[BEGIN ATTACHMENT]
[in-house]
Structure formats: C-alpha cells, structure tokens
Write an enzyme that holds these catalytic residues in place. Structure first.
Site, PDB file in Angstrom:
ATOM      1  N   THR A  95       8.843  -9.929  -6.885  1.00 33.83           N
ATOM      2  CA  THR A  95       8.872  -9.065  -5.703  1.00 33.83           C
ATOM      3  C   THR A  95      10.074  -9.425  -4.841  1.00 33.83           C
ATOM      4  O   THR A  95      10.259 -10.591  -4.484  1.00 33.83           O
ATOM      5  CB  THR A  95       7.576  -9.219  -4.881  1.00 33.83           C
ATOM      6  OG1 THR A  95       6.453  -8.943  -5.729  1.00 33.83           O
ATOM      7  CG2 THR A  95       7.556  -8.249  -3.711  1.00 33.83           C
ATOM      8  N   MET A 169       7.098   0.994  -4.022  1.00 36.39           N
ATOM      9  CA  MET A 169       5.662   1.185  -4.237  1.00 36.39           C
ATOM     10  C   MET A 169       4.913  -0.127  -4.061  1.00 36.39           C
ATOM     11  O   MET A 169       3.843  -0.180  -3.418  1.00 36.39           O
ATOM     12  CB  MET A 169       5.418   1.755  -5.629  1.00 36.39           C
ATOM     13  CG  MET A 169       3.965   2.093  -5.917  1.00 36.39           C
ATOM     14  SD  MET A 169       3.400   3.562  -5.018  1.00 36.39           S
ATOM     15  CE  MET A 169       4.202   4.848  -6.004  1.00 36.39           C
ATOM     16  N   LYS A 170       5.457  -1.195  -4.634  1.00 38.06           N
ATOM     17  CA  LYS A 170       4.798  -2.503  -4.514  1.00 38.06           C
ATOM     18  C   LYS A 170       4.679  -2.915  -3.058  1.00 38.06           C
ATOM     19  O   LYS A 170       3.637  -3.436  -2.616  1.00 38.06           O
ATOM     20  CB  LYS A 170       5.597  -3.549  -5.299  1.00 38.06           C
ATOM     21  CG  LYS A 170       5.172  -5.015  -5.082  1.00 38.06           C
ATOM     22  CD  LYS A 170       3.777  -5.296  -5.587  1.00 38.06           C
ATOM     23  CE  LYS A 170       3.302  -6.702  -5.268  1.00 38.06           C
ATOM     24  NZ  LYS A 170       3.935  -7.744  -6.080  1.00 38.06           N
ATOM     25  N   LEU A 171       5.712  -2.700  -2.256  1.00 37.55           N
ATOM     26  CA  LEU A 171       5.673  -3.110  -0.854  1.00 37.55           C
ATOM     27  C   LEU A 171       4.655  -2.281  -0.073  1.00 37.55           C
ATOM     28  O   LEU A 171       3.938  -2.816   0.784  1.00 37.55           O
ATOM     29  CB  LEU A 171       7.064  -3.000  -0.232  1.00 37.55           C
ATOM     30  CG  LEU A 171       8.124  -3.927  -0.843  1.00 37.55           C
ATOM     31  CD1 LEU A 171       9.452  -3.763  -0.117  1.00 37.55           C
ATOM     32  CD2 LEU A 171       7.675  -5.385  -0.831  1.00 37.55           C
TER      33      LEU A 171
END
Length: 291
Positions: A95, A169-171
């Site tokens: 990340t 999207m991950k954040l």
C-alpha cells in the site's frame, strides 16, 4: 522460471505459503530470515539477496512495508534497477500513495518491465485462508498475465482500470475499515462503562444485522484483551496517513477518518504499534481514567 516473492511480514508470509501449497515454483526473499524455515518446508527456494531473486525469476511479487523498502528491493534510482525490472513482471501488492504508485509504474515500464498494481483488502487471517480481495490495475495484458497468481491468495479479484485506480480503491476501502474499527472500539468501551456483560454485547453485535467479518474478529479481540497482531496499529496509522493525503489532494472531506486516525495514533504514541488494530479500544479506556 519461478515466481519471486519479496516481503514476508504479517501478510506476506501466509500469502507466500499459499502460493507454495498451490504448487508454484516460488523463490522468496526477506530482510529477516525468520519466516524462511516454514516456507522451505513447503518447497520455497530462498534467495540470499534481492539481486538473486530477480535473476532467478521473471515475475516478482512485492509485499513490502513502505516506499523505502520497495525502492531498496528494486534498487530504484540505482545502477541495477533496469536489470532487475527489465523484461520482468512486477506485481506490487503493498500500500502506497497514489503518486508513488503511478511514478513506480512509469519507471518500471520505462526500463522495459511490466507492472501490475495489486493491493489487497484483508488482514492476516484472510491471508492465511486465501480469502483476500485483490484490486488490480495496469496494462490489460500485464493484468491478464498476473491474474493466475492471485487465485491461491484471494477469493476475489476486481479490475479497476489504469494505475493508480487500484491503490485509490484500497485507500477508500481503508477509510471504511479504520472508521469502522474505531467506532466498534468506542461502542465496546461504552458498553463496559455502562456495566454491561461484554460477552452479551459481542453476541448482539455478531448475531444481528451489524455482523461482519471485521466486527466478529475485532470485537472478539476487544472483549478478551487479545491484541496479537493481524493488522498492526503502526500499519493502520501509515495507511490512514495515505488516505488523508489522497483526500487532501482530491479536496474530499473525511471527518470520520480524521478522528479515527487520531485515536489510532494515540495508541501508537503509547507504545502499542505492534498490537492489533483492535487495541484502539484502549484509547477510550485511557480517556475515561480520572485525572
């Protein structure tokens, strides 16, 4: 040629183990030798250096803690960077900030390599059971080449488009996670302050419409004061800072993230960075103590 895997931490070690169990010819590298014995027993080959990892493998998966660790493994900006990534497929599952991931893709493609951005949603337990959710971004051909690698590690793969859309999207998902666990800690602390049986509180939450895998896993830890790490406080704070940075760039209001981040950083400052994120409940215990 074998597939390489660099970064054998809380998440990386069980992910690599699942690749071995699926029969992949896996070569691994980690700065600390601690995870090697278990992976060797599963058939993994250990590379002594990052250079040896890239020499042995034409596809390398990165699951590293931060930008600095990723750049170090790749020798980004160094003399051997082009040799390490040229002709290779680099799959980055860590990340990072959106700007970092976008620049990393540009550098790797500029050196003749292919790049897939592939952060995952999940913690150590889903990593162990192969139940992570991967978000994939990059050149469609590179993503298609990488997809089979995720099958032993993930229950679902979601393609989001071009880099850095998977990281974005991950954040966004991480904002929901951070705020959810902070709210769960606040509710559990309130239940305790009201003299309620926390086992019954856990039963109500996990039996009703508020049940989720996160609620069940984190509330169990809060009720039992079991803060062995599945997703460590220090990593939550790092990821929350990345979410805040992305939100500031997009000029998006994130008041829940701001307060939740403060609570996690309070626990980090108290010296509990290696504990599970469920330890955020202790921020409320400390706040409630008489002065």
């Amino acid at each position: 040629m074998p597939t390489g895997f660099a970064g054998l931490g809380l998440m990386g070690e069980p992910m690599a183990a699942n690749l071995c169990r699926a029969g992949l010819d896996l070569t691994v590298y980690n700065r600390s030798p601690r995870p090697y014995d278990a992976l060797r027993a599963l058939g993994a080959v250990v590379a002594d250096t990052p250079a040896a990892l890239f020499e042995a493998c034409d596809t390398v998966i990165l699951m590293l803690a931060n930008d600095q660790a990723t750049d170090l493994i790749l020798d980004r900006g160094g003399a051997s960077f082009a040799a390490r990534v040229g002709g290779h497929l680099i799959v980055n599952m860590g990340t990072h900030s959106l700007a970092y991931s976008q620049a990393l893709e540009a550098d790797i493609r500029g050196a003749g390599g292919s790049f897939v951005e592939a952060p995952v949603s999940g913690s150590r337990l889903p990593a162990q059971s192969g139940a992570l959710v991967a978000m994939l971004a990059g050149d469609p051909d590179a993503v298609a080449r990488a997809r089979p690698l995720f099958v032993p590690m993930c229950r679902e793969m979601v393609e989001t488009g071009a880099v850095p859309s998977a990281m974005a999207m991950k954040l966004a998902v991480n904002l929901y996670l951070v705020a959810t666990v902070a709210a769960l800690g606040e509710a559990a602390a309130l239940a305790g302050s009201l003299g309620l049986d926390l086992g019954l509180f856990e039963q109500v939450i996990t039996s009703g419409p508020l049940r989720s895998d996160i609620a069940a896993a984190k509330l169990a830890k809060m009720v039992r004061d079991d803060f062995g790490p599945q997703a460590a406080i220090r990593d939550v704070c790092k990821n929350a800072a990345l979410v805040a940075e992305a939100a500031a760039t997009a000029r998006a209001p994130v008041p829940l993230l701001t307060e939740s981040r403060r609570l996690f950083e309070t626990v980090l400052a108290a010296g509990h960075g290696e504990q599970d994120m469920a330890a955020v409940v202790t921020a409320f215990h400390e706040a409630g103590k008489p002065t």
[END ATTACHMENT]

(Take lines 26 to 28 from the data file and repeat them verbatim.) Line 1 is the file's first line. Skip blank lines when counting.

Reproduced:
ATOM     22  CD  LYS A 170       3.777  -5.296  -5.587  1.00 38.06           C
ATOM     23  CE  LYS A 170       3.302  -6.702  -5.268  1.00 38.06           C
ATOM     24  NZ  LYS A 170       3.935  -7.744  -6.080  1.00 38.06           N